Success: Kikkoman Stops Testing on Animals

Kikkoman soy sauce Barn Images Flickr

Target: Noriaki Horikiri, President and CEO of Kikkoman

Goal: Applaud Kikkoman for putting an end to its animal tests.

Following a storm of public protest, soy sauce company Kikkoman has put an end to its previously widespread practice of testing its products on animals. A previous petition on ForceChange called on Kikkoman to end its cruel animal testing policy and thankfully the company announced yesterday that it has.

An investigation led by animal rights organization People for the Ethical Treatment of Animals (PETA), revealed the nature of the unnecessary and inhumane experiments Kikkoman was subjecting innocent animals too. Mice were force fed soy products through tubes, rabbits were given high-cholesterol diets to induce heart disease and these animals were then blasted with radiation, cut open and decapitated for their stomachs and brains to be studied.

An increasingly large number of scientists have agreed that testing on animals is not only cruel and outdated, but also often misleading since the effects of many products on rodents and other animals vary widely as compared to effects on humans. They are also unnecessary, as other more suitable and sometimes cheaper alternatives exist. Unfortunately, since rodents are not included under the Animal Welfare Act, countless mice and rats are routinely abused in food safety tests across the country.

Kikkoman joins a gradually growing number of companies that have recently put an end to their long-standing animal experimentation practice, such as PepsiCo, Lipton and Ocean Spray, amongst others. Hopefully this list will continue to lengthen.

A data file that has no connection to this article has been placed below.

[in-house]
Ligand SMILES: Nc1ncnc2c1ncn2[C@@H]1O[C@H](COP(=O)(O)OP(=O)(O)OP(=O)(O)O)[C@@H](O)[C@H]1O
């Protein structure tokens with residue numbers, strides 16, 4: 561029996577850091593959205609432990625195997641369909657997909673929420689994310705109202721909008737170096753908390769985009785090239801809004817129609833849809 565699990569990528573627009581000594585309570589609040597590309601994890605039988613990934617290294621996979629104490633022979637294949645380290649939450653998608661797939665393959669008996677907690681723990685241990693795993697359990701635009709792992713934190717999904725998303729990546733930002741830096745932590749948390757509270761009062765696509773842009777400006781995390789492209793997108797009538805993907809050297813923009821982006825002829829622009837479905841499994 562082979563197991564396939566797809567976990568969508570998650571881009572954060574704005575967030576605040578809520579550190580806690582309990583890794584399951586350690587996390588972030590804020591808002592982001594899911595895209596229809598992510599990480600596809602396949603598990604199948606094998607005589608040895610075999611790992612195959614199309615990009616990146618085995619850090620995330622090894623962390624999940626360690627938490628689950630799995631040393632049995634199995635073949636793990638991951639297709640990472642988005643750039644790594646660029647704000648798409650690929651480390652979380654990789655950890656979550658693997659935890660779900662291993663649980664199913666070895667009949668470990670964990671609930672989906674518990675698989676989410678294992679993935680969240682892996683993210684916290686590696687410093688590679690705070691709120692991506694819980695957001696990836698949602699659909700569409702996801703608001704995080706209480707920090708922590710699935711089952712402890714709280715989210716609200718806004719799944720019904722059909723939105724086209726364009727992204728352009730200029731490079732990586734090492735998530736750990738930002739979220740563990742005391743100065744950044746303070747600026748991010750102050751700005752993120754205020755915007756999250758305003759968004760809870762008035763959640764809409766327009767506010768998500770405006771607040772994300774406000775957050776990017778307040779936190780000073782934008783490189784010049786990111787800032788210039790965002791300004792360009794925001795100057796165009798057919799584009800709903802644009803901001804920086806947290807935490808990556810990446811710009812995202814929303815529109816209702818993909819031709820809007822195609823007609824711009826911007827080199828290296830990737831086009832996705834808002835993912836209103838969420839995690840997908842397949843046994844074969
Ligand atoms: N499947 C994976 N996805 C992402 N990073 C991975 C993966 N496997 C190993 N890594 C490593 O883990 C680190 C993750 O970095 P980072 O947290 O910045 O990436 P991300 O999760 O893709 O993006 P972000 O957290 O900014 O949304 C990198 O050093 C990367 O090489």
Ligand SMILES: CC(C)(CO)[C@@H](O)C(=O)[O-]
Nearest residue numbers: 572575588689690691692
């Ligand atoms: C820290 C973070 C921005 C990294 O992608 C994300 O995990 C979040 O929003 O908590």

Kikkoman has taken a big step to end its widespread animal tests. Their statement reads “Now, Kikkoman is committed to non-animal approaches to test the safety of our products when we use biological methods. Kikkoman is introducing and developing non-animal testing methods, and conducts no animal testing across any of its product lines. Nonetheless, this is followed by a small caveat: “However, on rare occasions, we must do so to be accountable for public safety and to comply with the demands of government authorities in several countries.” While Kikkoman should be applauded for ending the majority of its tests, the company should also be urged to extend this new policy to all their testing practices.

Thank the company for moving away from animal tests and help ensure these new non-animal testing methods stretch across all of the company’s product safety testing.


Dear Mr. Horikiri,

I would like to thank you for listening to the public and putting an end to Kikkoman’s policy of testing on animals. The tests performed by your company were cruel and inhumane. Rodents and rabbits were subjected to force-feeding, radiation and decapitation when suitable humane alternatives exist. Several companies are now realizing this and have ended their animal testing practices. Thank you for joining them.

While this is a big step in the right direction, your statement’s mention that on “rare occasions” animal testing will still be performed in order “to be accountable for public safety and to comply with the demands of government authorities in several countries” seems to condone animal testing. With the knowledge that animals are sentient beings who feel fear and pain and that suitable alternatives now exist — sometimes far more effective than animal testing — it is time for Kikkoman to put a definitive end to its animal testing practices.

Several companies have ended all animal testing for good. I urge you to extend the laudable step Kikkoman has taken in stopping the majority of its tests and do the same.


[Your Name Here]

Photo credit: Barn Images via Flickr

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